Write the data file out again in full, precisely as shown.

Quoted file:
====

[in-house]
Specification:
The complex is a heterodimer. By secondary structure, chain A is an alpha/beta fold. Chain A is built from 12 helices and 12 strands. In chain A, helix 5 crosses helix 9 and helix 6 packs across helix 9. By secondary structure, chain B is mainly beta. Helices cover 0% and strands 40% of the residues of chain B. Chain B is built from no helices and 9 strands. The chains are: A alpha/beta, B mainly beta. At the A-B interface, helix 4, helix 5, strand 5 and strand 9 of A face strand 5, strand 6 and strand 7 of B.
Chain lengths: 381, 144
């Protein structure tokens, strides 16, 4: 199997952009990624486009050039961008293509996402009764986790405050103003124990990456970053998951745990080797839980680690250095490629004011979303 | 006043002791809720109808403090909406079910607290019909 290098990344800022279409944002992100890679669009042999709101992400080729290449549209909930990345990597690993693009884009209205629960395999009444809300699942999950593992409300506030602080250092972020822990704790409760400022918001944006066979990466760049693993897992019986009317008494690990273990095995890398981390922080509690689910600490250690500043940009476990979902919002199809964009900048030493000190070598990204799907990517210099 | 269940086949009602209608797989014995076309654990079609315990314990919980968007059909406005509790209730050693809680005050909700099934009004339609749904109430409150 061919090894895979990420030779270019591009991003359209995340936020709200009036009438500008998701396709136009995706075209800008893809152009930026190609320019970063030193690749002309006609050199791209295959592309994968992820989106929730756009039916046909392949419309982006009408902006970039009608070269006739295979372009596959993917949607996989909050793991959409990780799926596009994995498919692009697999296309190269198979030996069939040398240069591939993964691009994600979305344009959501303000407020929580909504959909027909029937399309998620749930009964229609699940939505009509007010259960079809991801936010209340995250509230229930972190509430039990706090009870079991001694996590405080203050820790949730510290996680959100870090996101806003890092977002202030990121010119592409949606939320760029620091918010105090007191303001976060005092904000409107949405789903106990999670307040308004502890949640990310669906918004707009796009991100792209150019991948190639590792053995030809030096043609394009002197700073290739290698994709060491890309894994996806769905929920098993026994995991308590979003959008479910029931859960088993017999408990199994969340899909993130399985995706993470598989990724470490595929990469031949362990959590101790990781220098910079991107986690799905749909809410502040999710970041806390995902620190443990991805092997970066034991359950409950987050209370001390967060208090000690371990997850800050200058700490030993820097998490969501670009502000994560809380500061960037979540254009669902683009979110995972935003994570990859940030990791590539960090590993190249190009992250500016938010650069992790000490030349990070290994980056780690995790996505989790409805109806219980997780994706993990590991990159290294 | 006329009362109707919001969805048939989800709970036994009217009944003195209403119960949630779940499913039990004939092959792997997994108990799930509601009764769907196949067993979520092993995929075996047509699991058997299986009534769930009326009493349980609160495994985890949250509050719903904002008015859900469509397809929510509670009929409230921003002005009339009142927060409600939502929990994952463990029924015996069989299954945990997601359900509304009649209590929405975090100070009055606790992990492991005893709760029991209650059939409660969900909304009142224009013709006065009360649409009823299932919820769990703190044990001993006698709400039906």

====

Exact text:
[in-house]
Specification:
The complex is a heterodimer. By secondary structure, chain A is an alpha/beta fold. Chain A is built from 12 helices and 12 strands. In chain A, helix 5 crosses helix 9 and helix 6 packs across helix 9. By secondary structure, chain B is mainly beta. Helices cover 0% and strands 40% of the residues of chain B. Chain B is built from no helices and 9 strands. The chains are: A alpha/beta, B mainly beta. At the A-B interface, helix 4, helix 5, strand 5 and strand 9 of A face strand 5, strand 6 and strand 7 of B.
Chain lengths: 381, 144
């Protein structure tokens, strides 16, 4: 199997952009990624486009050039961008293509996402009764986790405050103003124990990456970053998951745990080797839980680690250095490629004011979303 | 006043002791809720109808403090909406079910607290019909 290098990344800022279409944002992100890679669009042999709101992400080729290449549209909930990345990597690993693009884009209205629960395999009444809300699942999950593992409300506030602080250092972020822990704790409760400022918001944006066979990466760049693993897992019986009317008494690990273990095995890398981390922080509690689910600490250690500043940009476990979902919002199809964009900048030493000190070598990204799907990517210099 | 269940086949009602209608797989014995076309654990079609315990314990919980968007059909406005509790209730050693809680005050909700099934009004339609749904109430409150 061919090894895979990420030779270019591009991003359209995340936020709200009036009438500008998701396709136009995706075209800008893809152009930026190609320019970063030193690749002309006609050199791209295959592309994968992820989106929730756009039916046909392949419309982006009408902006970039009608070269006739295979372009596959993917949607996989909050793991959409990780799926596009994995498919692009697999296309190269198979030996069939040398240069591939993964691009994600979305344009959501303000407020929580909504959909027909029937399309998620749930009964229609699940939505009509007010259960079809991801936010209340995250509230229930972190509430039990706090009870079991001694996590405080203050820790949730510290996680959100870090996101806003890092977002202030990121010119592409949606939320760029620091918010105090007191303001976060005092904000409107949405789903106990999670307040308004502890949640990310669906918004707009796009991100792209150019991948190639590792053995030809030096043609394009002197700073290739290698994709060491890309894994996806769905929920098993026994995991308590979003959008479910029931859960088993017999408990199994969340899909993130399985995706993470598989990724470490595929990469031949362990959590101790990781220098910079991107986690799905749909809410502040999710970041806390995902620190443990991805092997970066034991359950409950987050209370001390967060208090000690371990997850800050200058700490030993820097998490969501670009502000994560809380500061960037979540254009669902683009979110995972935003994570990859940030990791590539960090590993190249190009992250500016938010650069992790000490030349990070290994980056780690995790996505989790409805109806219980997780994706993990590991990159290294 | 006329009362109707919001969805048939989800709970036994009217009944003195209403119960949630779940499913039990004939092959792997997994108990799930509601009764769907196949067993979520092993995929075996047509699991058997299986009534769930009326009493349980609160495994985890949250509050719903904002008015859900469509397809929510509670009929409230921003002005009339009142927060409600939502929990994952463990029924015996069989299954945990997601359900509304009649209590929405975090100070009055606790992990492991005893709760029991209650059939409660969900909304009142224009013709006065009360649409009823299932919820769990703190044990001993006698709400039906």